Although business cards are used less these days, it’s still a part of your company’s branding. Provide business card and letterhead design.
Typography (letter and typeface design) is essential for consistency across everything your company does. Remember, consistency builds trust. Do you have brand specific fonts? A font can suggest playfulness, tradition, elegance, creativity… Choose yours carefully.
How are these fonts used across your website, advertising, and packaging? Is copy always centered or aligned left or right? What about the sign outside your office and warehouse? Limit the total fonts you use to under five (most big brands use three or less). Show how the fonts are used in headlines, taglines, blogs, and image captions.
Brand Book Element #4: Persona
“Brand persona is the same as brand personality. It’s what sets the tone across all your channels, from email to website to social media. If you don’t nail your brand persona, you’ll risk sending out mixed messages to your customers.” Inkbot Design
Look at your brand as if it was a person. What’s it like? How would you describe its personality? How does it behave? How does it approach issues like privacy, environmental issues, and minorities?
“Describing these topics in the brand book helps avoid possible problems during everyday communication (i.e. while posting updates on Facebook) and create a shared and consistent direction for the brand’s growth.” – Jaroslaw Morawski for Holy Sheep.
Have three to five adjectives that represent your brand—and some that don’t represent your brand.
Brand Book Element #5: Imagery
One picture can convey a lot about your brand—and the wrong picture will be confusing and off-putting. Show images that fit your persona and audience.
“To ensure proper image usage, we recommend providing examples of images that have been approved and those that haven’t. You can also include imagery from other brands that are similar to yours in addition to collecting images which reflect the feel that you want your brand to convey.” Jen Finney for Synetics Media
Brand Book Element #6: Voice
Who is your audience and how do you speak to them? Your brand voice will be very different if your audience is healthcare providers or skateboard enthusiasts. Include your market research about your customers, who they are, and why they need you.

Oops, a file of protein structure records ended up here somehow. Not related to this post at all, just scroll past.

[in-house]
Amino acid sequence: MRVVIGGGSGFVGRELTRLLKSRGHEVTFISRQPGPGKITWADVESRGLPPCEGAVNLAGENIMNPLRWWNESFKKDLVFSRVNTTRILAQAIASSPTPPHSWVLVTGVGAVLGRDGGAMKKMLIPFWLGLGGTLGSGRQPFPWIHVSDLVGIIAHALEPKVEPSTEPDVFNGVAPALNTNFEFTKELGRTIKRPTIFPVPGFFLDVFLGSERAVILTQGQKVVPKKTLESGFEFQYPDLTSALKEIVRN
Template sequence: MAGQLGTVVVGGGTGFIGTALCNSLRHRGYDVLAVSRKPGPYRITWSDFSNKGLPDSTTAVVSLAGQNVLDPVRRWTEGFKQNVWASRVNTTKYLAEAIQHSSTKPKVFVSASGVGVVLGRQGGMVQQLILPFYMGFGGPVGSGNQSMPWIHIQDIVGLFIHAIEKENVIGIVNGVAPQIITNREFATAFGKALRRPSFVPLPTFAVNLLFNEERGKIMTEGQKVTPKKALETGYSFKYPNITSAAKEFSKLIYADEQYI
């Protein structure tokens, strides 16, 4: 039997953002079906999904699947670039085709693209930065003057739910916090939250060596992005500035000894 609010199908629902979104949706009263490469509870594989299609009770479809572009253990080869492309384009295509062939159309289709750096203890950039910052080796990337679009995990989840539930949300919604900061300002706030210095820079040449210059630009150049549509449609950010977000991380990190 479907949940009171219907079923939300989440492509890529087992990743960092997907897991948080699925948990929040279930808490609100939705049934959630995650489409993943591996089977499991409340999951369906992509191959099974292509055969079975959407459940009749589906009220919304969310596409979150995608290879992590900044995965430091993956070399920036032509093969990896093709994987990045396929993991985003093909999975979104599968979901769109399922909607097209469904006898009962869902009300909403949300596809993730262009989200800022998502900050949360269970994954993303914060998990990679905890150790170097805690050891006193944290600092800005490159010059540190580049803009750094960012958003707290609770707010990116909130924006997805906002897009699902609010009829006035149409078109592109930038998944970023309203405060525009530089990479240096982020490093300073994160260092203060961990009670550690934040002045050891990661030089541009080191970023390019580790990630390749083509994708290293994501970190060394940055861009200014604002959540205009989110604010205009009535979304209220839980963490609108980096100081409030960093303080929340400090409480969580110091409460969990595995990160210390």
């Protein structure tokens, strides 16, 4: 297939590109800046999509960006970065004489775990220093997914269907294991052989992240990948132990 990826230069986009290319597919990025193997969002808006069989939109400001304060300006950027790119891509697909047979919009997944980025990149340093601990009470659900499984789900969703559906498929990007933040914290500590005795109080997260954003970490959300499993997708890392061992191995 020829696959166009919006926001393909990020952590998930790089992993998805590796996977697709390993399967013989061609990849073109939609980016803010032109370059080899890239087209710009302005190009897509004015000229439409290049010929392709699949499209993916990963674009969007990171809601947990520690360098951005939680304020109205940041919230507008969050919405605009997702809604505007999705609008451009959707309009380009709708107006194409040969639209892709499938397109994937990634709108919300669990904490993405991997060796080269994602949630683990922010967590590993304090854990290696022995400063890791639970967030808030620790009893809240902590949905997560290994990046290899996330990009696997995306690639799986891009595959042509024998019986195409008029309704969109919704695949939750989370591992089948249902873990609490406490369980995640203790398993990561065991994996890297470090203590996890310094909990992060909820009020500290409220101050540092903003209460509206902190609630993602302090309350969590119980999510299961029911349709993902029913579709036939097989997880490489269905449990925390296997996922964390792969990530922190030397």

Do you communicate with your audience as one friend to another? An expert to a professional? A service provider to an organization?
Is the tone of your communications logical or emotional, playful or serious? Are jokes part of your branding or do you focus on facts and statistics (or maybe you have guidelines to include jokes and statistics).
Voice includes words and phrases to use—and ones to avoid. Show examples of words that represent your brand and those that don’t. Details like whether you use abbreviations, what words you capitalize, how you convey numbers, and appropriate acronyms will all help to communicate consistently.
What about communication in other languages? Or across countries? Do taglines change? Make sure your Brand Book has instructions for localization if you are global so you can avoid things like Pepsi’s Chinese faux pas: Pepsi brings your ancestors back from the grave.
Brand Book Tips
Approach your Brand Book as a clear guide that allows for creative freedom. While it’s important to show where and how to apply things like logos and colors, as long as these are followed and the messaging is consistent, you want creativity to show through in the application!
Your Brand Book is literally a book (hopefully more like a booklet) that you can give to people like employees, designers, writers, photographers, and agencies.
“By supplying possible coworkers or vendors with your brand book you’ll be able to keep your company cohesive—and reduce the risk of costly revisions.” toggl track
Schedule time to review your Brand Book at least once a year and whenever you have a new launch. Things will change, and you want to keep your Brand Book current.
Stick to what works for your brand. As Amanda Gaid shows in 12 Great Examples of Brand Guidelines, your guidelines can be as simple as how to use the logo and symbol like Netflix does, or as complex as NASA’s 60-page document.